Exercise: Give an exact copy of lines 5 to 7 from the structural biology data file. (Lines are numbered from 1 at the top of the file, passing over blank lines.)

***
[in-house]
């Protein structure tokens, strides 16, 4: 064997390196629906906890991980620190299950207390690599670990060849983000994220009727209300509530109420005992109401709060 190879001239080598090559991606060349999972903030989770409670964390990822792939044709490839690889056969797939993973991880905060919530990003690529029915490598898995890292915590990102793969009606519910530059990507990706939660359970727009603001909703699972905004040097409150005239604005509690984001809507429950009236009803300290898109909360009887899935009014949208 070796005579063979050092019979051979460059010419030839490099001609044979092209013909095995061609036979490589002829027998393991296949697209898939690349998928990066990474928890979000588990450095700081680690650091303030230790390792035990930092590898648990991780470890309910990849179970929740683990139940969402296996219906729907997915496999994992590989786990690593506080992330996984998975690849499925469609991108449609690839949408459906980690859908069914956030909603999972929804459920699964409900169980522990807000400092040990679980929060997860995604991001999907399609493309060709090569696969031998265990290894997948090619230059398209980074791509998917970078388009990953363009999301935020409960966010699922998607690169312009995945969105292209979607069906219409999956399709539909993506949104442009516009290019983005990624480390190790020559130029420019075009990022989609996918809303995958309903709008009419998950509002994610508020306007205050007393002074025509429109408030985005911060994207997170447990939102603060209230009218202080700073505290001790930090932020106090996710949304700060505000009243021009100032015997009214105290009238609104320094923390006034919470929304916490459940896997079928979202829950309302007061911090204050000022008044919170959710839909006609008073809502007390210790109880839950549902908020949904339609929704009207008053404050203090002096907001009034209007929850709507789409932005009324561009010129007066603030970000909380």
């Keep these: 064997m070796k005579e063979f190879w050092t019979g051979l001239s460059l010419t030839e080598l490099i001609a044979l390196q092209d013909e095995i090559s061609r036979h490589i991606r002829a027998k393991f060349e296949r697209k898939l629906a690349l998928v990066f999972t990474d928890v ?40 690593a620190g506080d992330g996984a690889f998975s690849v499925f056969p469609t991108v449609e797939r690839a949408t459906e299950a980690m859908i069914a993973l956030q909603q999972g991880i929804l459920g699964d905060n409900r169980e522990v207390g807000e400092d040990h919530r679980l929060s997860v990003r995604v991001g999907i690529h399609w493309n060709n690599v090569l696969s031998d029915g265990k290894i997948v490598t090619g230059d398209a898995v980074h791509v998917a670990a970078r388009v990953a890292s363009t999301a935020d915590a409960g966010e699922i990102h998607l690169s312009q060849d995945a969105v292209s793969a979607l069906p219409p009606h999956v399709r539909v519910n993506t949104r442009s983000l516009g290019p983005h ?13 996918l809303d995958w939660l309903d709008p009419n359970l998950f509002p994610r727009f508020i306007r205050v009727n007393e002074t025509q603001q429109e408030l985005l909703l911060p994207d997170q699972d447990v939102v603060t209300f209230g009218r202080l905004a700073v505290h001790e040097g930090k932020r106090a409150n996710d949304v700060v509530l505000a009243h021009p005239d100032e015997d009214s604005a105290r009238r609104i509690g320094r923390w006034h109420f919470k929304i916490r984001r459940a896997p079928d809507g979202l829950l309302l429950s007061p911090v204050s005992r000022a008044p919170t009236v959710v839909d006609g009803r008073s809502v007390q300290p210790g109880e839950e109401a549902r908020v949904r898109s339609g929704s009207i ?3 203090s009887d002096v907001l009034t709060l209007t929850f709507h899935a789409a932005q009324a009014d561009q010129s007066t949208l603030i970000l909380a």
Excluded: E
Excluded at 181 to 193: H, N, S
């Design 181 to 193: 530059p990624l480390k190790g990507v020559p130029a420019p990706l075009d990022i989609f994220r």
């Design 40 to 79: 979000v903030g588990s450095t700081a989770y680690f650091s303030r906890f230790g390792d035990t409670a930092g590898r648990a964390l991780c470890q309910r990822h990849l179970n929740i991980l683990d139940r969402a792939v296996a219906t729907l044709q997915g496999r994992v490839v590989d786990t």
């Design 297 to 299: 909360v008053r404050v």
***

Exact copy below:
Excluded at 181 to 193: H, N, S
């Design 181 to 193: 530059p990624l480390k190790g990507v020559p130029a420019p990706l075009d990022i989609f994220r």
């Design 40 to 79: 979000v903030g588990s450095t700081a989770y680690f650091s303030r906890f230790g390792d035990t409670a930092g590898r648990a964390l991780c470890q309910r990822h990849l179970n929740i991980l683990d139940r969402a792939v296996a219906t729907l044709q997915g496999r994992v490839v590989d786990t």